Angel: Has The Destroyer, a very powerful creature transfer over from the hell dimension Quor'toth, who is revealed to be Angel's son Connor.
Breaking Bad: After the murder of Gus Fring, Walter White, by the name Heisenberg, is known and feared throughout the American southwest.
Buffy the Vampire Slayer: The big bads tend to be this to the heroes and usually for a really good reason. With the exception of Angelus in season 2 (who was himself quite strong and had an almost foolproof plan) all of the villains have been nigh unstoppable, cunning and highly destructive. The full list is an ancient vampire, three mad vampires (with a portal to hell), a pure demon, a cybernetically enhanced demon (made from a handful of demon corpses), a mad god trapped in a human body, a witch capable of killing gods and the source of all evil.
Burn Notice: The main character develops this kind of reputation over the course of his spy work before the series starts. One agent admits his agency always assumed "Michael Weston" was just a code name for a group.
The Cape: Chess is this, the mere mention that he could possibly be alive being enough to spook public defender Dana Faraday.
Cheers: Norm became this in one episode, when the CEO of his company forced him to become the company's hatchet-man, essentially giving employees notice that they had been laid off. At the end of the episode he decided he could not keep this job with a clean conscience, so he decided to turn in his resignation. He tried calling his immediate supervisor and then the CEO's secretary, both of whom hung up immediately; word had gotten out through the company grapevine that if you got a call from Norm Peterson, it meant you were being laid off. When he realized what was going on, he called up the CEO personally and greeted him with, "Hello, sir? This is NORM!PETERSON!MUAA-HA-HA-HA-HA-HA!"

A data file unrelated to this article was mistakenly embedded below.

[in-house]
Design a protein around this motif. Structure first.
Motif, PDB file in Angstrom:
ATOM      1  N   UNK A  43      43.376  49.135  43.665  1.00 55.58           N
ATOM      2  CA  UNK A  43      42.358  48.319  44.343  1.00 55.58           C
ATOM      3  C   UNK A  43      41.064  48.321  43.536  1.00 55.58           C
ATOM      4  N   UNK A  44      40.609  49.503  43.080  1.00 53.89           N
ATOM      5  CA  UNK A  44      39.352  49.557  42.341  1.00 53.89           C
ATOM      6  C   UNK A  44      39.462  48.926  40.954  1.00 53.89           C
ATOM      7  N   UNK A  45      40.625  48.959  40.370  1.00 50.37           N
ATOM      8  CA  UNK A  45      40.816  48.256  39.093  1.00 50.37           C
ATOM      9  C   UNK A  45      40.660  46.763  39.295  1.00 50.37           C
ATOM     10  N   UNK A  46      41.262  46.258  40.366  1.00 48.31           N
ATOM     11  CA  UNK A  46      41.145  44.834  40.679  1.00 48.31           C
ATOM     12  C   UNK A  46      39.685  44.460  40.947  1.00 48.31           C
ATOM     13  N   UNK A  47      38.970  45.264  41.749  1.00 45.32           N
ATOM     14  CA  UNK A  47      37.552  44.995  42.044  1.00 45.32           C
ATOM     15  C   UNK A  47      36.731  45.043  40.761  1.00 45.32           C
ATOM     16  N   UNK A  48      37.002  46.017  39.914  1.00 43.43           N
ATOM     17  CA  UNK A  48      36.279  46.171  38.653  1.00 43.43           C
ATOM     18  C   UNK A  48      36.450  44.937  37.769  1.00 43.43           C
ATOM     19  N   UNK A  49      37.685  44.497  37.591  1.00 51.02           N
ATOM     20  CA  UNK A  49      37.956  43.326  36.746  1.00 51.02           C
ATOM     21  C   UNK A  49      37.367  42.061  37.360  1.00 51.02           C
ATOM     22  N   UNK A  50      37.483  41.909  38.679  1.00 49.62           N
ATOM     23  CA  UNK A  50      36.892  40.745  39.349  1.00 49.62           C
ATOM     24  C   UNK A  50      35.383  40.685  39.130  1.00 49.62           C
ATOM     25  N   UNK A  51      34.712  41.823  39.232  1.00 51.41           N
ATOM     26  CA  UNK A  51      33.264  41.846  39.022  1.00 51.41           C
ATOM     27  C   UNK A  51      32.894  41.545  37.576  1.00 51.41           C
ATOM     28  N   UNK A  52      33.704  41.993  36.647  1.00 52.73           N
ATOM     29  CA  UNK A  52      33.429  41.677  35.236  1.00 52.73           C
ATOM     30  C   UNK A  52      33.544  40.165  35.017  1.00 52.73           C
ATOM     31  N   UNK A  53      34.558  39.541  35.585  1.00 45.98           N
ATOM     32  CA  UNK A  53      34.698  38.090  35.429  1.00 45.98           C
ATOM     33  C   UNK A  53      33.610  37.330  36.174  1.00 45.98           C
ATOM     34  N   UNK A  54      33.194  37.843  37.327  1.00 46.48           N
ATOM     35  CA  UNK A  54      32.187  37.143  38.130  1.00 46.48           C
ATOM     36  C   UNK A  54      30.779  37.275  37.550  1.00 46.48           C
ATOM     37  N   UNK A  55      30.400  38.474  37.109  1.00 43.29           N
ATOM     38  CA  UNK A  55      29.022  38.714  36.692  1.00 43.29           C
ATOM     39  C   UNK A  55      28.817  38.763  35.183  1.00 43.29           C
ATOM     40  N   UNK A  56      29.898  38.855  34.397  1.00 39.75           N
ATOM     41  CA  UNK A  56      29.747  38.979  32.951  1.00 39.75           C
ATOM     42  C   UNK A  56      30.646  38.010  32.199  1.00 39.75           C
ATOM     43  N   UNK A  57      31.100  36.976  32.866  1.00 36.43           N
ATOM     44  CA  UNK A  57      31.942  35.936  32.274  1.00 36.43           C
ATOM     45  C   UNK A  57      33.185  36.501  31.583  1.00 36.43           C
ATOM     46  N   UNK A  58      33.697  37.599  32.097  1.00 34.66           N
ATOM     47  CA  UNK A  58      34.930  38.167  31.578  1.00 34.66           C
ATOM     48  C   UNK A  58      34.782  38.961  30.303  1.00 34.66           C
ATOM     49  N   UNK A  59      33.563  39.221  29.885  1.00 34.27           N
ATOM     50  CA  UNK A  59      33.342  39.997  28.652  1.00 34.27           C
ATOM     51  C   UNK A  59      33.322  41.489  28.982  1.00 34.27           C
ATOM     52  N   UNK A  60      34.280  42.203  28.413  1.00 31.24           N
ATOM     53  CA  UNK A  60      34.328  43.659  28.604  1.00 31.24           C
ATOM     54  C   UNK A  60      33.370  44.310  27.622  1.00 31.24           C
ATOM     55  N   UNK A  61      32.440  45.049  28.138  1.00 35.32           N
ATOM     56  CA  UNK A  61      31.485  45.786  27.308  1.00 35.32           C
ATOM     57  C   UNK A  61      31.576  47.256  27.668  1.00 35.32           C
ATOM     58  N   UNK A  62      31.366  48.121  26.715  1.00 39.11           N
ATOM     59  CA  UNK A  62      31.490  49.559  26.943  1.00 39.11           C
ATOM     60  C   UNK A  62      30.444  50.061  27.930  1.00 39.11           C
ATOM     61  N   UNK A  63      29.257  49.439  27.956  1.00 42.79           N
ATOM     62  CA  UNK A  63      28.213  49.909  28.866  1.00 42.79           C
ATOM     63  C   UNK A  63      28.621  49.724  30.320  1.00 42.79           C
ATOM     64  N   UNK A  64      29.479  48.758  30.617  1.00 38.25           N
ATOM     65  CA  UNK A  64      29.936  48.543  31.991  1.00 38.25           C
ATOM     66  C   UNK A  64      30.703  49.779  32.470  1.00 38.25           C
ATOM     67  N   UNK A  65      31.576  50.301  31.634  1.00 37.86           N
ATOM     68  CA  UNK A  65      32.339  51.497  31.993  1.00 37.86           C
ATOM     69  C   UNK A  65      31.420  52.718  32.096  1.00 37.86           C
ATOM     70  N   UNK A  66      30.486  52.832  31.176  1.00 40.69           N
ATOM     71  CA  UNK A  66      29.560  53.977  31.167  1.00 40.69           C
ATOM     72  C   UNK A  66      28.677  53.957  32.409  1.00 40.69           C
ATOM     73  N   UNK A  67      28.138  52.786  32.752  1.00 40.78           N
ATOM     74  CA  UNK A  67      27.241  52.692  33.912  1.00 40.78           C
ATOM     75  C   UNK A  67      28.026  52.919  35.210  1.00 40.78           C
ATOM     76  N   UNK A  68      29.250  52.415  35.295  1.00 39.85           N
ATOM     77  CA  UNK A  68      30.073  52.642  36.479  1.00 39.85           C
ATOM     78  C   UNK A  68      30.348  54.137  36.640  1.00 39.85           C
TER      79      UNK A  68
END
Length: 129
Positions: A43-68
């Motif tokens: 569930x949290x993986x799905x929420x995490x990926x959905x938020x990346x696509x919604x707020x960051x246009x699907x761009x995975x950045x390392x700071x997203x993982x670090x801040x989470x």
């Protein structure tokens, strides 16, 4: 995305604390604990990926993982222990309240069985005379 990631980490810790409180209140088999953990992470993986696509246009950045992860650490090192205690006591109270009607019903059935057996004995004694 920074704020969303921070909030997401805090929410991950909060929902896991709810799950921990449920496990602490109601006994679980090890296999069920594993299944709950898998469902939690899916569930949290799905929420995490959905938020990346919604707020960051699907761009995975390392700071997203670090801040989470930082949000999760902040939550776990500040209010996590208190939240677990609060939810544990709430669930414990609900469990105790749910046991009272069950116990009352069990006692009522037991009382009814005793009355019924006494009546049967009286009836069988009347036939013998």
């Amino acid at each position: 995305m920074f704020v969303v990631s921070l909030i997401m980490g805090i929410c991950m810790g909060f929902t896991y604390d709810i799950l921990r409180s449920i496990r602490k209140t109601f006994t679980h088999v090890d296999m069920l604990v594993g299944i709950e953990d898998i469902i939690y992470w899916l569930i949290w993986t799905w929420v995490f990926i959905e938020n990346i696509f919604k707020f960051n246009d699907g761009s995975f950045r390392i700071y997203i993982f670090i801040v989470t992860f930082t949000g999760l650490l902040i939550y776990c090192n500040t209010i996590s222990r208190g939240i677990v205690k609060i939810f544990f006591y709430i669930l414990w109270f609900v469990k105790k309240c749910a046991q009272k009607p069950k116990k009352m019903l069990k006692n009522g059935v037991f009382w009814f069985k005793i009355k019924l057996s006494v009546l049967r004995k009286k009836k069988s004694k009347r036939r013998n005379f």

Dexter: When one of George King AKA 'The Skinner''s employees is brought in for questioning about a series of murders, he has a near panic-attack, and would rather go to jail than convict him, and for good reason.
Doctor Who: The Daleks are treated by all who know them as the bogeymen of the Doctor Who universe. Even the Doctor, who's battled and defeated them uncountable times, always treats their arrival with a mixture of grim determination and just plain old fear. Best seen in the end of the first part of "The Stolen Earth". When the first broadcasts of "EX-TERM-IN-ATE! EX-TERM-IN-ATE!" reach Earth, the former companions and allies of the Doctor such as Sarah Jane, Martha Jones, and even Jack Harkness — some of the bravest people in the universe, one of whom is outright impossible to kill — are stunned into a state of tearful panic.
When the Daleks are first encountered in the new series (in the eponymous episode Dalek), the Doctor reacts with sheer panic when he realizes the alien prisoner he is locked in with is (apparently) the last surviving Dalek.
After the reboot of the universe, Rory Williams has been interwoven into the myths and legends of human history as "The Last Centurion". Woe betide anyone who threatens his loved ones;
Should be noted, before certain events in Series 7, The Doctor qualified for this trope. In that his name and history was enough to terrify plenty of alien races. Including, irony abounds, the Daleks. The only thing that gives a Dalek pause is the Doctor's name. The only thing that scares them is a madman with a box, the one presence in the cosmos they would not wish to face.